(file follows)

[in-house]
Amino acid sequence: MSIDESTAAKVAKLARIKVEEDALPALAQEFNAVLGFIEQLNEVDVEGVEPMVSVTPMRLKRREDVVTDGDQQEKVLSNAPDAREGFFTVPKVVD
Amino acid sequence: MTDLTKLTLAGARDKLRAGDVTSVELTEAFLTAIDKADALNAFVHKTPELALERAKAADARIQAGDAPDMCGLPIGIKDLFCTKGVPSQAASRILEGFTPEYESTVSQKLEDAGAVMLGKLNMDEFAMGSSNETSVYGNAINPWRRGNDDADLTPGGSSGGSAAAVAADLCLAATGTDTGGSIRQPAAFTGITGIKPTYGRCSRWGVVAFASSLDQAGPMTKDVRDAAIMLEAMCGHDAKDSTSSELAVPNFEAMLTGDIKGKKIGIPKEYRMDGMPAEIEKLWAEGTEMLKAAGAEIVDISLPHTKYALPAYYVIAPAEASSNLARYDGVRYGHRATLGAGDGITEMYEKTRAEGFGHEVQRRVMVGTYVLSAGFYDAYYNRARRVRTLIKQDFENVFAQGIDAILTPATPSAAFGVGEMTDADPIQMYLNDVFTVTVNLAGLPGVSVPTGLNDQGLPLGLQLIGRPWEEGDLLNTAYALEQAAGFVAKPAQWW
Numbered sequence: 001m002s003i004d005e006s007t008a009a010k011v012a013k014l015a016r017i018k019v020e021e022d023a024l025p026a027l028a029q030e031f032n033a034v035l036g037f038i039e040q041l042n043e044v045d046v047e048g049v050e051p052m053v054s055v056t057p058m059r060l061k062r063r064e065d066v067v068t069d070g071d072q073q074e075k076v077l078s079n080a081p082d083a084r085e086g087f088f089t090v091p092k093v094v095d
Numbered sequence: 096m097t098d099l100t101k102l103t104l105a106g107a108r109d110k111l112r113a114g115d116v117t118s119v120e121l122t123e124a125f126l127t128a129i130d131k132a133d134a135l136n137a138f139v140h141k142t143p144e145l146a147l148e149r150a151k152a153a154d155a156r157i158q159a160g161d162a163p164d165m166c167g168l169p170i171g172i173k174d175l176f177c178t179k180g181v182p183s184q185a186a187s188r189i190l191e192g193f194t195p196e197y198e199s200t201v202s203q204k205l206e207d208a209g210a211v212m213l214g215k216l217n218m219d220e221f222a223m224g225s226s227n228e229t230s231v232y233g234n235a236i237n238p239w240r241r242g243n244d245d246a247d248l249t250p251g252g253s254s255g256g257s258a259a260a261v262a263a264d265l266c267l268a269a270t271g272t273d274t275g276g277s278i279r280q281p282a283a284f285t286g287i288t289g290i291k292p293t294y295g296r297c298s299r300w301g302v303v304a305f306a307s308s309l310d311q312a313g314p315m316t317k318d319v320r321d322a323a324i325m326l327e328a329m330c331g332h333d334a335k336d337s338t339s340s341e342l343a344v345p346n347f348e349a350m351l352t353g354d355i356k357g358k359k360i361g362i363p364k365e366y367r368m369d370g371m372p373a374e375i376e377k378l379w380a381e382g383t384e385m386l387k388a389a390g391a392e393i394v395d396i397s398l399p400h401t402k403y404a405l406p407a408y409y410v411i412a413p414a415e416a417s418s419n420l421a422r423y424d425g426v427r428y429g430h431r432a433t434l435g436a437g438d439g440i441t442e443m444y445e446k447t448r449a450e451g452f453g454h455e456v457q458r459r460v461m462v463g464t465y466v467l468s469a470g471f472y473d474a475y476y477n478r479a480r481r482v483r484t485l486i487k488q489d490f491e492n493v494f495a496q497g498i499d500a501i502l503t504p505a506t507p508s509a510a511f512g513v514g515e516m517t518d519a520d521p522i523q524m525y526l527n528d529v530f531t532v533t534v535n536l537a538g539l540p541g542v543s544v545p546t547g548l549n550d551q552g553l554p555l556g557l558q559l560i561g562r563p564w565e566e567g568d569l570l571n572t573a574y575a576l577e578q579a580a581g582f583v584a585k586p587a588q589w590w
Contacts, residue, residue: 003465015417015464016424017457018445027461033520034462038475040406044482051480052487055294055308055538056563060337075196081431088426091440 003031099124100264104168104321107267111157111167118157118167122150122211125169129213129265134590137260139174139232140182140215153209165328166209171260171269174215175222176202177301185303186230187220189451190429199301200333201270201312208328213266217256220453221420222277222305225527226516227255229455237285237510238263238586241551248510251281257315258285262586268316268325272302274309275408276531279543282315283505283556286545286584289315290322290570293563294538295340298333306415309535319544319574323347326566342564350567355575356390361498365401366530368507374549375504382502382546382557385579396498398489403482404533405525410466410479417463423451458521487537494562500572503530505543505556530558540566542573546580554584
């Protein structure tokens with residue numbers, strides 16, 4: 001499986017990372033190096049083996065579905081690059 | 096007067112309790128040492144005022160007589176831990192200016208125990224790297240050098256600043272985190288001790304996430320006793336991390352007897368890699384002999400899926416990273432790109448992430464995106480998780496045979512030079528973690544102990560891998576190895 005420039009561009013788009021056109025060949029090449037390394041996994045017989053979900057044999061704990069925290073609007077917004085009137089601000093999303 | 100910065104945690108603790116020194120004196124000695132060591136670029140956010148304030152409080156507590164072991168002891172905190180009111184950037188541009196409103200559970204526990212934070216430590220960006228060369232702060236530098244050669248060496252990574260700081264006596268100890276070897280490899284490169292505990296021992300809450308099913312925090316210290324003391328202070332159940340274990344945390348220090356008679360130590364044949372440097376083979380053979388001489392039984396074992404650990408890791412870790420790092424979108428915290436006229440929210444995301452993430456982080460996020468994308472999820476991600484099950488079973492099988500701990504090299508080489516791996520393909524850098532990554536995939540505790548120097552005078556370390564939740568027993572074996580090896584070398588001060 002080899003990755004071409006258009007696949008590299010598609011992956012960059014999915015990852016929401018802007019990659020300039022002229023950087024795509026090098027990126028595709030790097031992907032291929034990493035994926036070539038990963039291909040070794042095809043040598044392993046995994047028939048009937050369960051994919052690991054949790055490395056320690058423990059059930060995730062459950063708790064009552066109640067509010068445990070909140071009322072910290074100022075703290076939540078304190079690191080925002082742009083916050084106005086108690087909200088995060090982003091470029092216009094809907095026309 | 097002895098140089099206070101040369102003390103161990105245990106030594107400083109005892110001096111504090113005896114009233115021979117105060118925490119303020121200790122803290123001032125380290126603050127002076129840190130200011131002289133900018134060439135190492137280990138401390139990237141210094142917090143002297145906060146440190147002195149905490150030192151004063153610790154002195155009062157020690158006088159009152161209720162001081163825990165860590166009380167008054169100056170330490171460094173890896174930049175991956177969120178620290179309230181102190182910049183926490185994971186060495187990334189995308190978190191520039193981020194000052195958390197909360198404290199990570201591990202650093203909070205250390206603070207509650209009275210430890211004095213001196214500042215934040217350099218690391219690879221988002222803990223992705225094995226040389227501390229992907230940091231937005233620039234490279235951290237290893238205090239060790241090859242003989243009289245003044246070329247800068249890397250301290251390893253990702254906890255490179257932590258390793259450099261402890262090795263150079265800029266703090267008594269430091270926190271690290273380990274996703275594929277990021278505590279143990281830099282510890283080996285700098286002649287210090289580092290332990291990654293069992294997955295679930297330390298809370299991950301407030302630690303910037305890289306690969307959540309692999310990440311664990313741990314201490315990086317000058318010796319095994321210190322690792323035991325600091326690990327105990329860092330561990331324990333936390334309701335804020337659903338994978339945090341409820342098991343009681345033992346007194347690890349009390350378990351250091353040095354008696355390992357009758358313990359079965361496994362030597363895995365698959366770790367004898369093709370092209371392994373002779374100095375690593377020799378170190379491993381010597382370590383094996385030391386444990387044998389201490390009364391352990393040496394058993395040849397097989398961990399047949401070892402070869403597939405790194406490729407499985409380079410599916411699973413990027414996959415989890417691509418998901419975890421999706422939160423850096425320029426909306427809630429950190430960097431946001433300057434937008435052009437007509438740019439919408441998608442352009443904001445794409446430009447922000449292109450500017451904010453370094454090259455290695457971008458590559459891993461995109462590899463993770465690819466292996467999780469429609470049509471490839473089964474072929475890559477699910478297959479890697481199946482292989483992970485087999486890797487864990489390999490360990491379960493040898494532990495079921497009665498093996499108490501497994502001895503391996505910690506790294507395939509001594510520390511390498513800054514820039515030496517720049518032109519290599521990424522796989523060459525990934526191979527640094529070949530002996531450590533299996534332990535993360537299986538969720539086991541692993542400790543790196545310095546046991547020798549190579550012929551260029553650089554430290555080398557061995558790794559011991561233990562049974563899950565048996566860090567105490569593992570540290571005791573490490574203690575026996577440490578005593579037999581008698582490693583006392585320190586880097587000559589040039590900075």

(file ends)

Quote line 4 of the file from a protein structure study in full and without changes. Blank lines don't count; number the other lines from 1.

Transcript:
Numbered sequence: 001m002s003i004d005e006s007t008a009a010k011v012a013k014l015a016r017i018k019v020e021e022d023a024l025p026a027l028a029q030e031f032n033a034v035l036g037f038i039e040q041l042n043e044v045d046v047e048g049v050e051p052m053v054s055v056t057p058m059r060l061k062r063r064e065d066v067v068t069d070g071d072q073q074e075k076v077l078s079n080a081p082d083a084r085e086g087f088f089t090v091p092k093v094v095d